Improving the economic performance of Arab countries is now more critical than ever. The region faces high population growth rates, rising unemployment, and modest economic growth coupled with increasingly intense competition from emerging markets in eastern Europe, Latin America, and Asia. Meeting these challenges requires finding ways to overcome political obstacles that impede socially beneficial economic reforms. Despite fifty years of repeated attempts at Arab economic integration, the results in terms of intraregional trade and investment flows have been very modest. This book explains why and discusses possible ways forward. The authors draw especially on the success of the European Union to assess the scope of Arab economic integration as an instrument for narrowing the persistent gap between the region¡¯s economic potential and its performance.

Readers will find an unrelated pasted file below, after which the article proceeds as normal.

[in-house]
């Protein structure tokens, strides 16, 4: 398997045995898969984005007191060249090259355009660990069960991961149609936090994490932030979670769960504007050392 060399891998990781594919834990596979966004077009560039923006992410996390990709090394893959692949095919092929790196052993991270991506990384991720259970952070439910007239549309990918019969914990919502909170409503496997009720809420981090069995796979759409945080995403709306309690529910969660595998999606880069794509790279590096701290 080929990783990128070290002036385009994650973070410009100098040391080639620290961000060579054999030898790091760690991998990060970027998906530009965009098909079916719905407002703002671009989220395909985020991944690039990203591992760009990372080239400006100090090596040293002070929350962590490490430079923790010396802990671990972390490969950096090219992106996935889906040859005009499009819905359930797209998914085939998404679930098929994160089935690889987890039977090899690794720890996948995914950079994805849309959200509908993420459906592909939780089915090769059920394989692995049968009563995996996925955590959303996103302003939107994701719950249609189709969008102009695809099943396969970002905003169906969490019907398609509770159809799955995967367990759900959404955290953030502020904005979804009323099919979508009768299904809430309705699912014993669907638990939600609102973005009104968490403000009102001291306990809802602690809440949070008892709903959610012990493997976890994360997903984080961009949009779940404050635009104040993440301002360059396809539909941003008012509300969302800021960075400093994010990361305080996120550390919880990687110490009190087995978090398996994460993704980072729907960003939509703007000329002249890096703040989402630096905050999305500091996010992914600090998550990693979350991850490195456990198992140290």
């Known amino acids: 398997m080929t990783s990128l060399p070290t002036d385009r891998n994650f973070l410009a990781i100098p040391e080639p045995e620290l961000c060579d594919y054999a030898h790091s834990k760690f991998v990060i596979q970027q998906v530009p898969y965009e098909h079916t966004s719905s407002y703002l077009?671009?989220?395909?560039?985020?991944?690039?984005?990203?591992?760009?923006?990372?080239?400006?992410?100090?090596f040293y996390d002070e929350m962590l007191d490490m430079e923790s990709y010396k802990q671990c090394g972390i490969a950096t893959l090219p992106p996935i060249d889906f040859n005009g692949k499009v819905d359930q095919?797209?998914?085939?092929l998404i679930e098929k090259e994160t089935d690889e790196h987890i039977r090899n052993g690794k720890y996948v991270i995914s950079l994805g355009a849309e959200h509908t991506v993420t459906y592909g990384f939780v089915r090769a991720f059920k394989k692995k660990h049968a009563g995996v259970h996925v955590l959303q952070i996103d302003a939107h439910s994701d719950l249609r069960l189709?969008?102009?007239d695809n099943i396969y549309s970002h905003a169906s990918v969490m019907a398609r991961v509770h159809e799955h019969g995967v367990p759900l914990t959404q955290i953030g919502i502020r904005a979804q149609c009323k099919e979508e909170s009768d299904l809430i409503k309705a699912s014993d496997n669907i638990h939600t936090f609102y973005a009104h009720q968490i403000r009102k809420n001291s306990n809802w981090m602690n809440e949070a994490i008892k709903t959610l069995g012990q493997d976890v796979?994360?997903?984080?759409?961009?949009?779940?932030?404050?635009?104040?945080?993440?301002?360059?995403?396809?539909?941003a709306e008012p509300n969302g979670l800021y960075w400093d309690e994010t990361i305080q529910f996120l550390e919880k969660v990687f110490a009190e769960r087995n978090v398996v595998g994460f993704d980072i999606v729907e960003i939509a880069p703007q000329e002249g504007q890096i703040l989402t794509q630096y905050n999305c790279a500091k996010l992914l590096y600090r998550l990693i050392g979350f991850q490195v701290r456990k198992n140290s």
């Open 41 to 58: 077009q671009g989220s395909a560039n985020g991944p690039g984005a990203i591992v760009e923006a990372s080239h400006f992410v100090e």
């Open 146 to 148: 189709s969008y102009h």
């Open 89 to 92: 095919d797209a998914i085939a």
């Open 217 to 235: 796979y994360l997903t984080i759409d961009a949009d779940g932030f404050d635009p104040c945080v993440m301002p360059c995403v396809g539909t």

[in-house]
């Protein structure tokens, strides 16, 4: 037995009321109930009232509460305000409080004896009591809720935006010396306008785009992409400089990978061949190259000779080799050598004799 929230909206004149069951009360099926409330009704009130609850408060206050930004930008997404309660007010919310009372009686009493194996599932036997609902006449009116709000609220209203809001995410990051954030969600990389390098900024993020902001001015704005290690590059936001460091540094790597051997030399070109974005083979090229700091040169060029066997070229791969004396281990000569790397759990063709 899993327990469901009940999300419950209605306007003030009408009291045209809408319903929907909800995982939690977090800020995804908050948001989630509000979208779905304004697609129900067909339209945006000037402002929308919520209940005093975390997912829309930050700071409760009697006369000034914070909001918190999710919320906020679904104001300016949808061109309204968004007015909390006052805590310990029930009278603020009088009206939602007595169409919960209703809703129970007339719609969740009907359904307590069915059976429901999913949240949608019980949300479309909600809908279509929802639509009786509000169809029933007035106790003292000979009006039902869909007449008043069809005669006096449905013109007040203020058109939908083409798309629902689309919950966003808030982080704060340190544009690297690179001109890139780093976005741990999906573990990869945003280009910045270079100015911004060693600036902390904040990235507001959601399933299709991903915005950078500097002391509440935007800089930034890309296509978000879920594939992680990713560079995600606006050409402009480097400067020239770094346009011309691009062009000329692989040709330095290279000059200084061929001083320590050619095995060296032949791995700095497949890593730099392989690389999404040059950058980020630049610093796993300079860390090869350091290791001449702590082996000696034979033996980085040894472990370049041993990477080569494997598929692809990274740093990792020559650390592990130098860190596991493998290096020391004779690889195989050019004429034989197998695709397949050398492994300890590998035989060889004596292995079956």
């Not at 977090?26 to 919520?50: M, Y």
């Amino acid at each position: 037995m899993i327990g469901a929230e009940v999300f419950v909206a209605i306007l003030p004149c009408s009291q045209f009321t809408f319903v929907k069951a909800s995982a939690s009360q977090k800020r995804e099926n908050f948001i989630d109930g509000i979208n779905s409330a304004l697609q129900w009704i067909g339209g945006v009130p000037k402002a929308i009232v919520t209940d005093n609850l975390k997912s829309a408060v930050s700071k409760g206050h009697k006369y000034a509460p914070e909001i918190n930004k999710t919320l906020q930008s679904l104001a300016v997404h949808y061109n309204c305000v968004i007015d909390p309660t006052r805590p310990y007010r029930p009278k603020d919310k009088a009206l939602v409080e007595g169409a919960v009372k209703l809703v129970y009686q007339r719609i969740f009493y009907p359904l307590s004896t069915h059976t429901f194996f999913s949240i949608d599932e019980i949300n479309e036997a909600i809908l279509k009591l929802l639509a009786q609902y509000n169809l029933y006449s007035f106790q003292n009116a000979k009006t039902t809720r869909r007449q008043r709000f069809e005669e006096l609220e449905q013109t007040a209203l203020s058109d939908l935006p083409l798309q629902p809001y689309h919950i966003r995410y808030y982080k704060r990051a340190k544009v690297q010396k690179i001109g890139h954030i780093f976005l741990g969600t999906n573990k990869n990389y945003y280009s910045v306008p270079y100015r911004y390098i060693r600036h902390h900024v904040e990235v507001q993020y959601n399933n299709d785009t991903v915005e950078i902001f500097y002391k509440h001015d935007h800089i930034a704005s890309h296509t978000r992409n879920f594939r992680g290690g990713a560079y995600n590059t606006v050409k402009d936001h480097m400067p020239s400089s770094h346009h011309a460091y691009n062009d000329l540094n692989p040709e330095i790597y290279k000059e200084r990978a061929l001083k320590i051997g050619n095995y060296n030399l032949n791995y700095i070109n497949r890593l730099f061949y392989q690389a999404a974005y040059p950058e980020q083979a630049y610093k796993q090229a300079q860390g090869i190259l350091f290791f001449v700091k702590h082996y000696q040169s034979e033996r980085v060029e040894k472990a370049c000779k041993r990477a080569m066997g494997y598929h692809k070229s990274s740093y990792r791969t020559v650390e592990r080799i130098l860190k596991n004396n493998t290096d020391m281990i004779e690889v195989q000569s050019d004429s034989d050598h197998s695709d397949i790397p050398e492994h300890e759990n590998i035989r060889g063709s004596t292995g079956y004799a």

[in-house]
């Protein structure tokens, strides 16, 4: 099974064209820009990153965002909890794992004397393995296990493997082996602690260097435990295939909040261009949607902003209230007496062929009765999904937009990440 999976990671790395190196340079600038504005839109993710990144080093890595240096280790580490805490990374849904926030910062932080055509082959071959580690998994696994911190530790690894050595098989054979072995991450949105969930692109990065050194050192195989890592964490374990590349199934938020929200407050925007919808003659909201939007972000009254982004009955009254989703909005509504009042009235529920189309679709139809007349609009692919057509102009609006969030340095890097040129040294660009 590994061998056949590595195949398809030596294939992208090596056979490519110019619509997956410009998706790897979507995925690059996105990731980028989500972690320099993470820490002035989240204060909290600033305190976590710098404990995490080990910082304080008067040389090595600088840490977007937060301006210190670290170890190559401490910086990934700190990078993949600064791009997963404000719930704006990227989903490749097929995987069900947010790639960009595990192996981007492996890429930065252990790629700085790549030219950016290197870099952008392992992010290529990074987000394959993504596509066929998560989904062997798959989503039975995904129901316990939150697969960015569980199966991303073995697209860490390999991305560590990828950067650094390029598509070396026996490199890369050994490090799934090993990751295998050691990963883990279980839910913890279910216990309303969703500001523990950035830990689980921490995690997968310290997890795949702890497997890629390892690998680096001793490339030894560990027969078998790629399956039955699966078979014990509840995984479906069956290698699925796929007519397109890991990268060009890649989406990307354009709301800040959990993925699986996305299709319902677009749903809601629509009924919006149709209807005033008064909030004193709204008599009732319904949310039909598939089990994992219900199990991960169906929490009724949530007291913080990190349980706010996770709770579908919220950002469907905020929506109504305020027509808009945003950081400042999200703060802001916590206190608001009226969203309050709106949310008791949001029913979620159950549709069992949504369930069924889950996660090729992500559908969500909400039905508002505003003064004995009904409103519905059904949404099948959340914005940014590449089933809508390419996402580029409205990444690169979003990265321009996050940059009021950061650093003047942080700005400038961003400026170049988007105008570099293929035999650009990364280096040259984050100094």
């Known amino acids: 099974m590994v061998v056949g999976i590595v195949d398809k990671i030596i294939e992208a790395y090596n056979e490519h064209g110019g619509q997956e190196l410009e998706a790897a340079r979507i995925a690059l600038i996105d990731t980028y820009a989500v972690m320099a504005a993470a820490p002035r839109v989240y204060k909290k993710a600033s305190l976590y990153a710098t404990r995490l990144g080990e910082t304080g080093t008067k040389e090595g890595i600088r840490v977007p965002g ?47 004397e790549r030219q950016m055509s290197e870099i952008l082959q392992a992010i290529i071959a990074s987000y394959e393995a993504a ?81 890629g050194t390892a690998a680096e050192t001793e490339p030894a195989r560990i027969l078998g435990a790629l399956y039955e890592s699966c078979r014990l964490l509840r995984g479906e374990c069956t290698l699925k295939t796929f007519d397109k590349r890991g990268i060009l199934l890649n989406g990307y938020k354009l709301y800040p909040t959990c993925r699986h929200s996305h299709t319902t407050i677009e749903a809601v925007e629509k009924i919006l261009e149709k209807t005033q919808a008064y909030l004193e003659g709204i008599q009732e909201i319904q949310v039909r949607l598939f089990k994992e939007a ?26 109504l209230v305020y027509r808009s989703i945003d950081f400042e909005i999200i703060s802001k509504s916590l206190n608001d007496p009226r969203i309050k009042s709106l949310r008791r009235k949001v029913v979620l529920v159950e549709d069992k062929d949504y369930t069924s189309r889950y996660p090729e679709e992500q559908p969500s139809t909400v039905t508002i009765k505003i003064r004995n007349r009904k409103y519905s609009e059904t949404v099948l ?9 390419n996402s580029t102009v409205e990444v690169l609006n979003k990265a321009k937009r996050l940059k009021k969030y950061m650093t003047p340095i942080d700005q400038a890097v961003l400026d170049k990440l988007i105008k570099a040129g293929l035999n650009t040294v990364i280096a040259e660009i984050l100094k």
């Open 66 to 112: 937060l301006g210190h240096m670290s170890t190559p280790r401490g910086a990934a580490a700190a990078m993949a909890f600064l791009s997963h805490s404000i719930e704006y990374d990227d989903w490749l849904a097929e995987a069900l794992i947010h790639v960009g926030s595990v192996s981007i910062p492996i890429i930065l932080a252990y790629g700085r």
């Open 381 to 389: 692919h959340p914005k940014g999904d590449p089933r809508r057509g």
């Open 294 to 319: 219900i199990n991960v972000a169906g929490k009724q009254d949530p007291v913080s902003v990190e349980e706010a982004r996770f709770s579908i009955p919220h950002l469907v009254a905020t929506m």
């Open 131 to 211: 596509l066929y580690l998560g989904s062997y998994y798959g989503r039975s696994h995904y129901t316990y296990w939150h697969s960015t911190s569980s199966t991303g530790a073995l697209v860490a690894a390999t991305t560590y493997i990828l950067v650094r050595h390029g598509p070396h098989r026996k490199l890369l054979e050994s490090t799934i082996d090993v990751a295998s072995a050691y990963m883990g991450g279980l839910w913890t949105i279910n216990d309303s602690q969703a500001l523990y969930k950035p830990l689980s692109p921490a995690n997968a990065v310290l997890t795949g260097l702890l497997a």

Ahmed Galal is Private Sector Development Adviser at the World Bank and a member of the Board of the Egyptian Center for Economic Studies. Bernard Hoekman is research manager, International Trade, in the World Bank's Development Research Group. He is also a research fellow of the Centre for Economic Policy Research, London.